This was recently demonstrated on The Daily Show when Jon Stewart was interviewing Dana Perino. She was talking about a picture of herself and her dog on the cover of a magazine.
This grown woman, a former White House press secretary accustomed to daily verbal parries with the most direct of reporters is also a current talk show host — therefore most likely familiar with the rules surrounding what words can and cannot be said on TV. Yet she was cringing as she tried to describe being questioned about her dog’s leg.
As Perino put it, the dog’s leg was “directly covering, you know what; the junk thing.”
When Stewart went on to clarify what she was referring to, her answer of “well, not that part, the other part,” was filled with as much trepidation. I really think she would have been just as uncomfortable had she not been on TV, and just talking with a friend.
In the classroom I explained that, for me, the reproductive system is no different from the respiratory or cardiac systems of the body, with organs that had names and functions. I reminded the girls that in addition to deciding what they would allow another person to do with them physically, no one could force them to say anything, either. I said that if they wanted to, there was something I’d like to try together that could help them.
I said, “Let’s all say the word vagina together until we can do it without giggling.” They agreed they could try, and we kept saying “vagina” together. At first the laughing was more uproarious than before, but by the 7th or 8th time, there were just giggles, and finally they could say it in a normal tone.
“Woohoo, you did it!” I praised them for trying that exercise. I’d posit that saying vagina without giggling is not only a step toward accepting our bodies, but necessary for learning to love our bodies — and ourselves.
The class continued and at the end I told them that if they had any more questions they could always talk with me in my office, or could talk with a parent or other trusted adult — that we are waiting for them to ask questions, because many times adults just don’t know how to bring up the subject of sexuality. I reminded them that talking with their friends is ok, too, but that their friends may not know any more than they do, and an adult might have better answers.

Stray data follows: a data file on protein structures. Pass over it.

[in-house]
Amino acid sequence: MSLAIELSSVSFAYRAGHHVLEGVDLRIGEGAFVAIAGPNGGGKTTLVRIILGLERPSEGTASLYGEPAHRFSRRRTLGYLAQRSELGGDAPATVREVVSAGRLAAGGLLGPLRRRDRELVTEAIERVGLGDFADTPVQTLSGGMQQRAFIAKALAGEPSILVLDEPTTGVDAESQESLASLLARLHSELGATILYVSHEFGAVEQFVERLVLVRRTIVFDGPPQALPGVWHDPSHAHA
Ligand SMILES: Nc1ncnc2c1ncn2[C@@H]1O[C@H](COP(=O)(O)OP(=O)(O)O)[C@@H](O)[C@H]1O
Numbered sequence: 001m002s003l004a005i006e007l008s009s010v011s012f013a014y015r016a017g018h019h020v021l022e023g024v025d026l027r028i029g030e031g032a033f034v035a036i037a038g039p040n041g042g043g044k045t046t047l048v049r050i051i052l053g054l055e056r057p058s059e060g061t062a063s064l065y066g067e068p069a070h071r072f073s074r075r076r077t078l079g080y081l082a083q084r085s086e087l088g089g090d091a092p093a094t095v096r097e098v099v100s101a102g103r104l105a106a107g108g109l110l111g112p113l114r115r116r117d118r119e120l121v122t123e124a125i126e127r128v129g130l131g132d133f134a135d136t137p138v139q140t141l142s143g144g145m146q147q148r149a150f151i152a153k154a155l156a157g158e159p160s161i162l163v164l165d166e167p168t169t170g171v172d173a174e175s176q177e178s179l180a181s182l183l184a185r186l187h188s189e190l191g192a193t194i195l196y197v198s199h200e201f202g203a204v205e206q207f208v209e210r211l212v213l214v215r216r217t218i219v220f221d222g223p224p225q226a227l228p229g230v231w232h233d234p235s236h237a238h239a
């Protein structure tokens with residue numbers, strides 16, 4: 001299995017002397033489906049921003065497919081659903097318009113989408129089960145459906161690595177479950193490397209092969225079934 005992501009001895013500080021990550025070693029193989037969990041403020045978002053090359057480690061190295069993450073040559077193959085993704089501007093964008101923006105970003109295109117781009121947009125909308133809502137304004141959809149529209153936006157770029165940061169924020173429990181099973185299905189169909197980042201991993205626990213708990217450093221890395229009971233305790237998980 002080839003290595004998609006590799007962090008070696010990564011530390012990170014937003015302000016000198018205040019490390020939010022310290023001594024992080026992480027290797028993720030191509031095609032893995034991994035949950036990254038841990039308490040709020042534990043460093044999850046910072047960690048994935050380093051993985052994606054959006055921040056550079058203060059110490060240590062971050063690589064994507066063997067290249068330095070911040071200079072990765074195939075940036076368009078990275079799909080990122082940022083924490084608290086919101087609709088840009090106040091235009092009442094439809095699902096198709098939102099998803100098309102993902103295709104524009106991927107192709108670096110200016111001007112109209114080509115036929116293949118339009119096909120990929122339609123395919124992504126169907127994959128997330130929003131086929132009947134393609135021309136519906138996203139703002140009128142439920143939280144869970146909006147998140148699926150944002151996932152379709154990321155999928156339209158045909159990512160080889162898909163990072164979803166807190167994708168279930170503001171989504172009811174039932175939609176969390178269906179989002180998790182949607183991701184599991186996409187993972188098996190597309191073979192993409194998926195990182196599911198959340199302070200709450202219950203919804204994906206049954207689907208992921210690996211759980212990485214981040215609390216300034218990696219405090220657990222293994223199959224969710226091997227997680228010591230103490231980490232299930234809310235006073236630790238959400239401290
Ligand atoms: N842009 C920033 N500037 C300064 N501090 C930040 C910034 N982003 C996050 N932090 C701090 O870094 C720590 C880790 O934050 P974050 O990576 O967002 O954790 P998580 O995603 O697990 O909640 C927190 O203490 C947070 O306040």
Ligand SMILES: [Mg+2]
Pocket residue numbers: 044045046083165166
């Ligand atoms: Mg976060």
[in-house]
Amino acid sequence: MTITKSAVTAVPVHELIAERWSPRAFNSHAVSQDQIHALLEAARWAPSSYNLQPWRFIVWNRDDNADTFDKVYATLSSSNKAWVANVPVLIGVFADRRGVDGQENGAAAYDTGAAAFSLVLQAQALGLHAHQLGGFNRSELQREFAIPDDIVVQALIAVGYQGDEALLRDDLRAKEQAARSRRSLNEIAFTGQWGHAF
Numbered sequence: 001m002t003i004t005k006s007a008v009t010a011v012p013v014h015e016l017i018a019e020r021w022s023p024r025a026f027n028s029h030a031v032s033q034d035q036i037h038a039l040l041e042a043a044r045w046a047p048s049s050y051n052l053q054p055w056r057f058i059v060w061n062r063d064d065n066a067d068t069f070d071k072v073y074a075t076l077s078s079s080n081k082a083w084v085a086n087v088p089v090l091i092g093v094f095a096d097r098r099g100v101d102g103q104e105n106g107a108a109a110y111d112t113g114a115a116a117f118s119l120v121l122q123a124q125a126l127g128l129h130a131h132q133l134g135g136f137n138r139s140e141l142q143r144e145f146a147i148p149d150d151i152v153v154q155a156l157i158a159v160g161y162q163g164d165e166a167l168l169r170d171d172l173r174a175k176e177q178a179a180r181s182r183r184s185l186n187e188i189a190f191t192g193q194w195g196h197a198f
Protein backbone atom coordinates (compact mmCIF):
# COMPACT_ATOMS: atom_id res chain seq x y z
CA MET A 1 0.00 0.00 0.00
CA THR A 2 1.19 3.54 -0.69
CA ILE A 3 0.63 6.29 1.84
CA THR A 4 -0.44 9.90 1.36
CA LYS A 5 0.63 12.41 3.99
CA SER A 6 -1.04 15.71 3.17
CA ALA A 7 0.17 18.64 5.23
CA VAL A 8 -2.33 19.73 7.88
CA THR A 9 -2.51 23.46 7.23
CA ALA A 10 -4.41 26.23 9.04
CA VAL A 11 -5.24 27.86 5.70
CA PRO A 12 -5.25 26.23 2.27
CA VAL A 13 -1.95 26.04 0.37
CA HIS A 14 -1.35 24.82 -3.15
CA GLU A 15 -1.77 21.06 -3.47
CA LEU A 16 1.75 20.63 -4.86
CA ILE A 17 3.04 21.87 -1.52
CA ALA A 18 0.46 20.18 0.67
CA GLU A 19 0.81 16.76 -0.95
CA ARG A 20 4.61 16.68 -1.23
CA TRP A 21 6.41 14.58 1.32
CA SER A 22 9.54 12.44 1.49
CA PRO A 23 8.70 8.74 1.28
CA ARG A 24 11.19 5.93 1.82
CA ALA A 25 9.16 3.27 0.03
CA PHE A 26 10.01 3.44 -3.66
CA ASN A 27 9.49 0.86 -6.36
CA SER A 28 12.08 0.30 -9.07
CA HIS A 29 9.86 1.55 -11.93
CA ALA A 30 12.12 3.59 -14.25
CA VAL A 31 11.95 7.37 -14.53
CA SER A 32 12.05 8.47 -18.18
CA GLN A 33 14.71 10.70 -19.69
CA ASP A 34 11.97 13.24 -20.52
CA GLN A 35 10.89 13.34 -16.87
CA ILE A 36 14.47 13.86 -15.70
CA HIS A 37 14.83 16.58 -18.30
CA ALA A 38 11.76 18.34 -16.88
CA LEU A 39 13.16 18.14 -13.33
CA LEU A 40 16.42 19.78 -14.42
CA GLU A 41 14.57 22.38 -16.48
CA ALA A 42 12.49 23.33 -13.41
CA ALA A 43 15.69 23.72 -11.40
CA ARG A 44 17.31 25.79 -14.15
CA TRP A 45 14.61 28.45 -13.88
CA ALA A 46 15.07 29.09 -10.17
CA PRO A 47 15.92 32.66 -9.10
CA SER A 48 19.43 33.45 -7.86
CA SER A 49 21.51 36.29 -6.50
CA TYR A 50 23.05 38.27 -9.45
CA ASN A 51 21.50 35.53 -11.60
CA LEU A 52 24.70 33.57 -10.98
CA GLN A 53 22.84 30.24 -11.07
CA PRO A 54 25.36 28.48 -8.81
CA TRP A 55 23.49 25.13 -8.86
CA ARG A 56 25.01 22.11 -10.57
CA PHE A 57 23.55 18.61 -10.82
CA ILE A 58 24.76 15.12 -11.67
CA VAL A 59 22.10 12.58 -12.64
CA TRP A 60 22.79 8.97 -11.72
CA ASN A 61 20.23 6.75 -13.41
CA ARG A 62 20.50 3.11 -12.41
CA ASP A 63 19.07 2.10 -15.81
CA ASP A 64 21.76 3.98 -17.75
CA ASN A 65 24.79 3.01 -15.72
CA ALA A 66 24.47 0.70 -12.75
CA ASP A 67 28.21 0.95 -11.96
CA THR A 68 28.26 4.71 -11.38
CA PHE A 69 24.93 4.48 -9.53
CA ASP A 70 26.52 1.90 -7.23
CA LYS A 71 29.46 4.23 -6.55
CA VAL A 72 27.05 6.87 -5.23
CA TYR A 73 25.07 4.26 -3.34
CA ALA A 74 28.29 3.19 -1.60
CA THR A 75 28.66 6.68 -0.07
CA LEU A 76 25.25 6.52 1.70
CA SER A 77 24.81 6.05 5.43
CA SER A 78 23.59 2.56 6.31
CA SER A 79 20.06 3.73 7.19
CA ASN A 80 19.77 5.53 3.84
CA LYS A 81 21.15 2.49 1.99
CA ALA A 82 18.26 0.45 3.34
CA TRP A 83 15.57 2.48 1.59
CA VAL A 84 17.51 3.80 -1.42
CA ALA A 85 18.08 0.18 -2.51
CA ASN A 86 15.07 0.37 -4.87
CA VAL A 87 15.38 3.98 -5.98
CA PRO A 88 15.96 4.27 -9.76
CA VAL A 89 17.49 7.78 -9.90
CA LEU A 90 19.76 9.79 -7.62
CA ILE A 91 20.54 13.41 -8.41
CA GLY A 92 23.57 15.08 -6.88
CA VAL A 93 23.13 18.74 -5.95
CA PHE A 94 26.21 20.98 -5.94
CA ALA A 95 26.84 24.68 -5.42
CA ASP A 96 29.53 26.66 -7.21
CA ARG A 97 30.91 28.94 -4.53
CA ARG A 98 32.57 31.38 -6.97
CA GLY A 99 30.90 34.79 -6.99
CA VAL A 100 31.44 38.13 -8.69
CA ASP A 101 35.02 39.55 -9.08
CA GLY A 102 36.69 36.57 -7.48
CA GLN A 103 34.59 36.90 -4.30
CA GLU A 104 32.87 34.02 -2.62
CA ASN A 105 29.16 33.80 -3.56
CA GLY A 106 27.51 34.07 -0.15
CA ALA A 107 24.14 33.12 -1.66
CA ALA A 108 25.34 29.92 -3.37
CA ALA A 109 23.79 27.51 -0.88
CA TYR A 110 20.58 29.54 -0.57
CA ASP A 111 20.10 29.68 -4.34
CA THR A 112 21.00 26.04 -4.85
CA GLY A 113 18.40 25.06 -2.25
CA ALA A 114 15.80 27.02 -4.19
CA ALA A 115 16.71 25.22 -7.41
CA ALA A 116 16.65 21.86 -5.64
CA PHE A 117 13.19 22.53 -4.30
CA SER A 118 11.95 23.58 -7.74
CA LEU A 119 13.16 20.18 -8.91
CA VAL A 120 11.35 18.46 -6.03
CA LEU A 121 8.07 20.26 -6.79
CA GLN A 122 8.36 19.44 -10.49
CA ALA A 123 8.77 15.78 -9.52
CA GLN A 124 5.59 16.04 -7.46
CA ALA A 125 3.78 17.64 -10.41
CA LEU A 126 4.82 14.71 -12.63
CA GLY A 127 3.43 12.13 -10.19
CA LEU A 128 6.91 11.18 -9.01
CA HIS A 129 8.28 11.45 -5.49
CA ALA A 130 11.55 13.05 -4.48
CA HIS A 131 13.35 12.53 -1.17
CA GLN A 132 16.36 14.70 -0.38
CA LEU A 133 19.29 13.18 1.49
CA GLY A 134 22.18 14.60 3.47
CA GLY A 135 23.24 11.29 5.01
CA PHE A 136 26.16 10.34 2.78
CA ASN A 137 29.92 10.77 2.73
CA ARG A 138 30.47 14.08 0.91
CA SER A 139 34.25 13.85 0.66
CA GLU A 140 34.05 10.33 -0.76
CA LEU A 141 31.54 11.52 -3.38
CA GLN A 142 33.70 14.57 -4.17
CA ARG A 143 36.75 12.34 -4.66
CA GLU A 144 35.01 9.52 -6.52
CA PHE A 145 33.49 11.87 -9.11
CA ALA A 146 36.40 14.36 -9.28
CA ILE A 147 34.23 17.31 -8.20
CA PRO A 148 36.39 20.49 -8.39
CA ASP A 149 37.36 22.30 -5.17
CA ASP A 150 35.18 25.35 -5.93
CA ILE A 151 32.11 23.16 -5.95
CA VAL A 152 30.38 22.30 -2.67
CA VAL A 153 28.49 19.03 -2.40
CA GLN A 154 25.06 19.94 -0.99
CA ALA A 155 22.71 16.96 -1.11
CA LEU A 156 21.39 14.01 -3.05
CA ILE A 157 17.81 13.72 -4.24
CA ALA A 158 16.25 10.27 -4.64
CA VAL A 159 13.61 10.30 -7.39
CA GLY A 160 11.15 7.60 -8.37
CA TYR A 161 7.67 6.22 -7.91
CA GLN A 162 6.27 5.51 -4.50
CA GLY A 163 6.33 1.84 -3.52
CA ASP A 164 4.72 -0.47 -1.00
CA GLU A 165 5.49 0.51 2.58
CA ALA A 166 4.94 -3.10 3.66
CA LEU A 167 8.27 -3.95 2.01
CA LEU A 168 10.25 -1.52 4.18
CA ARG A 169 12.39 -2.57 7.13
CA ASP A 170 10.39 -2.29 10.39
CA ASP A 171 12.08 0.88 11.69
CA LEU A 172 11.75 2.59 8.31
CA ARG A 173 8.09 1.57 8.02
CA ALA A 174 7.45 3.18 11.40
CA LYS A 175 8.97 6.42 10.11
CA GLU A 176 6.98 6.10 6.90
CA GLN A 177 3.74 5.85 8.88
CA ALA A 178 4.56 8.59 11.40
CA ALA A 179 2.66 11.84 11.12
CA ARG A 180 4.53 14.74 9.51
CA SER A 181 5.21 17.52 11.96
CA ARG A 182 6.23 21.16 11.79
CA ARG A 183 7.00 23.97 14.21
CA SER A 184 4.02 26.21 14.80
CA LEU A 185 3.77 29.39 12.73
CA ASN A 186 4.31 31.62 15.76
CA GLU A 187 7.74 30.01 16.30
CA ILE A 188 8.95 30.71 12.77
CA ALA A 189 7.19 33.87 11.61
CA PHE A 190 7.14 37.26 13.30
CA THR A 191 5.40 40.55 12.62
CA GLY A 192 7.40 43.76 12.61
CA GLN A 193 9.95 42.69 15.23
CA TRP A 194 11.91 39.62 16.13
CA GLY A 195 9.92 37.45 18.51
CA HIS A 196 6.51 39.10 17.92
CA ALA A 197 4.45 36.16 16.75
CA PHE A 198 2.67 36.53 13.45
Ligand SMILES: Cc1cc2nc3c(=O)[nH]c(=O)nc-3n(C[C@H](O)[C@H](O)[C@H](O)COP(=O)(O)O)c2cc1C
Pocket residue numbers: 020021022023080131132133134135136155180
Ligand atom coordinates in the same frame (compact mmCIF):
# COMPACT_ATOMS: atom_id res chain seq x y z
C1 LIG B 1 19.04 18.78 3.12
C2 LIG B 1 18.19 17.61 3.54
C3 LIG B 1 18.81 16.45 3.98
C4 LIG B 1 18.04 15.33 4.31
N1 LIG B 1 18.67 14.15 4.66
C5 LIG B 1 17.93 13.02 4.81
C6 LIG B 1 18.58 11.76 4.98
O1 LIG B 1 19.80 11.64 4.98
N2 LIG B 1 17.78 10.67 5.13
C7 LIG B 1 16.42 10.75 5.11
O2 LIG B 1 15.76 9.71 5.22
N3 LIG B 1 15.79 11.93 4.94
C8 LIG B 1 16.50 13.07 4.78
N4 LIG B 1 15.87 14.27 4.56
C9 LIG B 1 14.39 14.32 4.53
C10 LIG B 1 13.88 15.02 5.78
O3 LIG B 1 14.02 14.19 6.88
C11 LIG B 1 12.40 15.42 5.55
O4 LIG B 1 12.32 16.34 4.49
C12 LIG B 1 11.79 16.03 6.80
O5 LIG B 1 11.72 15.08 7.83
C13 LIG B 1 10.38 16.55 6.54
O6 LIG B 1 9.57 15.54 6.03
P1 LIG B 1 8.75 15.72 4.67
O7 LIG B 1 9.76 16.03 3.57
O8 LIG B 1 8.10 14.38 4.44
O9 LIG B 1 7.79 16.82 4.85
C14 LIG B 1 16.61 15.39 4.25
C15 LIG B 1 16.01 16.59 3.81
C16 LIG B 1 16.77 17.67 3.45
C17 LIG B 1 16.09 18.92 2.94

Of course, I wish I’d had more than only an hour with those girls, but I can find comfort in the knowledge that there are about 50 girls born in the year 2003 or so who can say the word ‘vagina’ without giggling. If only I could spend some time with Dana Perino so we could practice saying the word ‘penis.’
What about you? Have you had to work at saying ‘vagina’ or ‘penis’ without a giggle, without feeling awkward? Have you ever thought about why?
Personally, when I’m aware of a feeling or apprehension that does not seem situationally appropriate, it’s a signal to delve into my past to find the root cause. Generally, there has been a judgment or shaming that I have internalized that requires excavation. Brought to the surface, it can be examined and truth can shine its healing light. Given how taboo it is to speak of sex and genitalia with anything like relaxed candor, and how lacking the sex education is in most states, we might need backhoes to excavate the whole country.